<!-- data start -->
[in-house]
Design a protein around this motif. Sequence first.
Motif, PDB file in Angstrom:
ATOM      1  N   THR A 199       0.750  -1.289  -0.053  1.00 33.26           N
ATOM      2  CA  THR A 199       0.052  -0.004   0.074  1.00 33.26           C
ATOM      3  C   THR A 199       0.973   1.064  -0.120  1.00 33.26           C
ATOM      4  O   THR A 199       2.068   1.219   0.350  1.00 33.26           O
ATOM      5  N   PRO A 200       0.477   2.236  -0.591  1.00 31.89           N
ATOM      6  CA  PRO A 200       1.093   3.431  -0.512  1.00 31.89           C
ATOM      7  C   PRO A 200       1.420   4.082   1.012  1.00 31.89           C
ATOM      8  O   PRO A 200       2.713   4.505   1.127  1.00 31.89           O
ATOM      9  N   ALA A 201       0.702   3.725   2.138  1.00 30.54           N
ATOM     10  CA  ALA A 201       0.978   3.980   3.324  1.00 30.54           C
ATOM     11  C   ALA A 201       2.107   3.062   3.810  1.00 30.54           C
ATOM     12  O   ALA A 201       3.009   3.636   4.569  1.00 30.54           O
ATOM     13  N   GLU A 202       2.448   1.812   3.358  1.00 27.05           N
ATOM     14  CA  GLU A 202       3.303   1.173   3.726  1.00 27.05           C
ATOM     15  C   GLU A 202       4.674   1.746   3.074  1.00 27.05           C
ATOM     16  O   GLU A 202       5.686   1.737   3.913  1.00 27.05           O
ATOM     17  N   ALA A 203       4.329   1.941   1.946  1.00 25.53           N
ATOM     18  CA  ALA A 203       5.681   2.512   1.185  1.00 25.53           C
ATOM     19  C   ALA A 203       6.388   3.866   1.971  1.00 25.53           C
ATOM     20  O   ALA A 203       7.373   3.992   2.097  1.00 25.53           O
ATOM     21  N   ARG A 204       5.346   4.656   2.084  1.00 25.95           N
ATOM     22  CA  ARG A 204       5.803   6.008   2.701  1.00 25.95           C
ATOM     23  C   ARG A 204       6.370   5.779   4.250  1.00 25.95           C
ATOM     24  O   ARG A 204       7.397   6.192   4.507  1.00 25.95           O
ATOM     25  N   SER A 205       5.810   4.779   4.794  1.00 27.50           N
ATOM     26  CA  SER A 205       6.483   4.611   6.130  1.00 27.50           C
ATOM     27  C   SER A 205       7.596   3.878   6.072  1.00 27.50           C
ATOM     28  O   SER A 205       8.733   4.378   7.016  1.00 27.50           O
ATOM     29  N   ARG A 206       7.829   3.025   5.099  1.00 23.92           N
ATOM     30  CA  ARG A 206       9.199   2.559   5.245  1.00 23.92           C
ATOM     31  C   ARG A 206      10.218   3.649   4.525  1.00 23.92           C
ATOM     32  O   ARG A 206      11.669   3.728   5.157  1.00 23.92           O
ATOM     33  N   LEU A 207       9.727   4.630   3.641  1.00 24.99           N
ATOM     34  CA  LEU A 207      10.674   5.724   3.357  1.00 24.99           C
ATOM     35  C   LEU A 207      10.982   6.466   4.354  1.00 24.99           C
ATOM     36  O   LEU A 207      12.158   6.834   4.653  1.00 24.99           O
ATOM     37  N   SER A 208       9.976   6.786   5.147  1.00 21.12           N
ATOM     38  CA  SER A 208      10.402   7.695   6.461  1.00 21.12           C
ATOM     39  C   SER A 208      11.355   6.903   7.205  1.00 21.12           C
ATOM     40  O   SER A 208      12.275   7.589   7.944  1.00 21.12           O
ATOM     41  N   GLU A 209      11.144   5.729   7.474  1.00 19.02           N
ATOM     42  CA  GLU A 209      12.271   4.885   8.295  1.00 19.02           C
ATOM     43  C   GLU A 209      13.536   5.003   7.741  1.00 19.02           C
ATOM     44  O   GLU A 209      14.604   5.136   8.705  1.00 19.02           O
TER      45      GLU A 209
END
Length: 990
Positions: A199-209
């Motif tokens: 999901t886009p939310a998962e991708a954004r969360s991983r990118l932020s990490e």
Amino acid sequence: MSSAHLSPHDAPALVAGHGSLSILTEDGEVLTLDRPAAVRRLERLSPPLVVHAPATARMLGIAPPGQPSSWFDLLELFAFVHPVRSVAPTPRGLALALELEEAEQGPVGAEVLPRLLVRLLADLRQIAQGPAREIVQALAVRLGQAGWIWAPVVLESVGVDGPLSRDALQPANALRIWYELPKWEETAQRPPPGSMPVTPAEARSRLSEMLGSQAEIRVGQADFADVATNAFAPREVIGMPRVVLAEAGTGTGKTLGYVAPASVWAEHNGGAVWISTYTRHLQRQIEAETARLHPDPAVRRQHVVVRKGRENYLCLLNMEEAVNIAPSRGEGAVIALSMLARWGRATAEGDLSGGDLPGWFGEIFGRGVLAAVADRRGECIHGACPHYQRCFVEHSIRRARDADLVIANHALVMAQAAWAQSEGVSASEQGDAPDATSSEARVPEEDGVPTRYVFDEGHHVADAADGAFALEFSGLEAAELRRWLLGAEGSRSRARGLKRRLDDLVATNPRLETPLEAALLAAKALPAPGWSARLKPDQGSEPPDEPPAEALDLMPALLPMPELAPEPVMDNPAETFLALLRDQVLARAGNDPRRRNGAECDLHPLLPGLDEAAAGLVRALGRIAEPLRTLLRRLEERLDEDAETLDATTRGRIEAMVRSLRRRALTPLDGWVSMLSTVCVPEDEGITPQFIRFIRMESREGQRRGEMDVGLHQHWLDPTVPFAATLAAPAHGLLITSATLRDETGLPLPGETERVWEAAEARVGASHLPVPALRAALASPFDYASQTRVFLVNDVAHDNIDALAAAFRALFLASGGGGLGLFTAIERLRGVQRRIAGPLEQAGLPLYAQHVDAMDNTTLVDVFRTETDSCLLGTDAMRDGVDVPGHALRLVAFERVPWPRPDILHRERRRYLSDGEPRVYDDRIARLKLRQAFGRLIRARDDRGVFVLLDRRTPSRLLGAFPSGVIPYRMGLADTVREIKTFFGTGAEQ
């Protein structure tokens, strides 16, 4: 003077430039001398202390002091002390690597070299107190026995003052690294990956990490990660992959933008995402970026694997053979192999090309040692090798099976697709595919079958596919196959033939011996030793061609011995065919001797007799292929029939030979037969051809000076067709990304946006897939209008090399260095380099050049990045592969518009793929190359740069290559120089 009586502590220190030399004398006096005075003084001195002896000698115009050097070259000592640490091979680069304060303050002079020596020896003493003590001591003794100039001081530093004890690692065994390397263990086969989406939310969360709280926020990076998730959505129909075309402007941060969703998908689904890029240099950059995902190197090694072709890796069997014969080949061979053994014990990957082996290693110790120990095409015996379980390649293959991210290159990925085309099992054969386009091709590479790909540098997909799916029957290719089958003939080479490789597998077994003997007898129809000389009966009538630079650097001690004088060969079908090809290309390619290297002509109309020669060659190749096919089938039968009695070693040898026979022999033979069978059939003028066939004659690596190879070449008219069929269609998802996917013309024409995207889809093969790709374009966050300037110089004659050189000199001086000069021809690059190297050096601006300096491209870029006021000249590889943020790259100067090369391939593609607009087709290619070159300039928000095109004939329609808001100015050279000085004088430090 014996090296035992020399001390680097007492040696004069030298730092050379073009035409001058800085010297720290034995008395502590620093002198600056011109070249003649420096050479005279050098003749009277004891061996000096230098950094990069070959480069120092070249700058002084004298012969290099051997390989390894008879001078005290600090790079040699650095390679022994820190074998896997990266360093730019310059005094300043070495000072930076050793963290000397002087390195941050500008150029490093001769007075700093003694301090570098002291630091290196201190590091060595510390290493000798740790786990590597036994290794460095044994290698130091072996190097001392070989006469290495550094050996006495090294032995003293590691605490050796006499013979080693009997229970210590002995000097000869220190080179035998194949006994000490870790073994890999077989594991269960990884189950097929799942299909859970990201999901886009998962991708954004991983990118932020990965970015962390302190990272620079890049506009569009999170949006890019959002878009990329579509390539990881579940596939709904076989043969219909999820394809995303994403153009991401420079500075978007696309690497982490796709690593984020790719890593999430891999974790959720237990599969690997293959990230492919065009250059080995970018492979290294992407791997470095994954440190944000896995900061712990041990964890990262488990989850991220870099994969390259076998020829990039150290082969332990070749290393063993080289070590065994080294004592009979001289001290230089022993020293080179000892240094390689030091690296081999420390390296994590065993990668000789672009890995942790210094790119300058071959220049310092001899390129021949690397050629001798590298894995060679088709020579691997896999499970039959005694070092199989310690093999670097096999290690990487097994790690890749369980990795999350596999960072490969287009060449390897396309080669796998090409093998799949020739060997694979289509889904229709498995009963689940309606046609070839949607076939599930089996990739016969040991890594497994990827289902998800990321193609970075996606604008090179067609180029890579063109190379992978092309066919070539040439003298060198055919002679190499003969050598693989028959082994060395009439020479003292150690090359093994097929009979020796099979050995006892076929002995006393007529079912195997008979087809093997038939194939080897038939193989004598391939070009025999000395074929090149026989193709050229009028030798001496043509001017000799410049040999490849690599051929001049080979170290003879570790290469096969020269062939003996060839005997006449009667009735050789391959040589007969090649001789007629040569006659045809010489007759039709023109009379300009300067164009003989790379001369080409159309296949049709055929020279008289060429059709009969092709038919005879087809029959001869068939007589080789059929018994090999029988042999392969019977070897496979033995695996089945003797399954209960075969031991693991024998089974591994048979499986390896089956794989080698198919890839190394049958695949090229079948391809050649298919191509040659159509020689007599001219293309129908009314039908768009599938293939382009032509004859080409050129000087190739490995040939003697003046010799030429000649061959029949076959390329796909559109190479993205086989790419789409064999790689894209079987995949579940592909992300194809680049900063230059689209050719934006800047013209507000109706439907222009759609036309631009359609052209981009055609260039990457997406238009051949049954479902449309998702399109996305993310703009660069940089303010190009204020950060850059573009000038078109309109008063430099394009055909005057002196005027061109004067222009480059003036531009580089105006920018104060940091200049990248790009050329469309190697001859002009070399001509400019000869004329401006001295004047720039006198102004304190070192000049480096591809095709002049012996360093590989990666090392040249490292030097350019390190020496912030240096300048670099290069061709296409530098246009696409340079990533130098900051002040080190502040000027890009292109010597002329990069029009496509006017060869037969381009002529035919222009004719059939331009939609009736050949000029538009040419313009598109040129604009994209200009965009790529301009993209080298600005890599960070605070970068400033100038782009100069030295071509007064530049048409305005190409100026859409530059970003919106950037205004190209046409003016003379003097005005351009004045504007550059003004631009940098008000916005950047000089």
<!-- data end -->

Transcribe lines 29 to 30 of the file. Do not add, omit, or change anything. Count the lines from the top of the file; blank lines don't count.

ATOM     26  CA  SER A 205       6.483   4.611   6.130  1.00 27.50           C
ATOM     27  C   SER A 205       7.596   3.878   6.072  1.00 27.50           C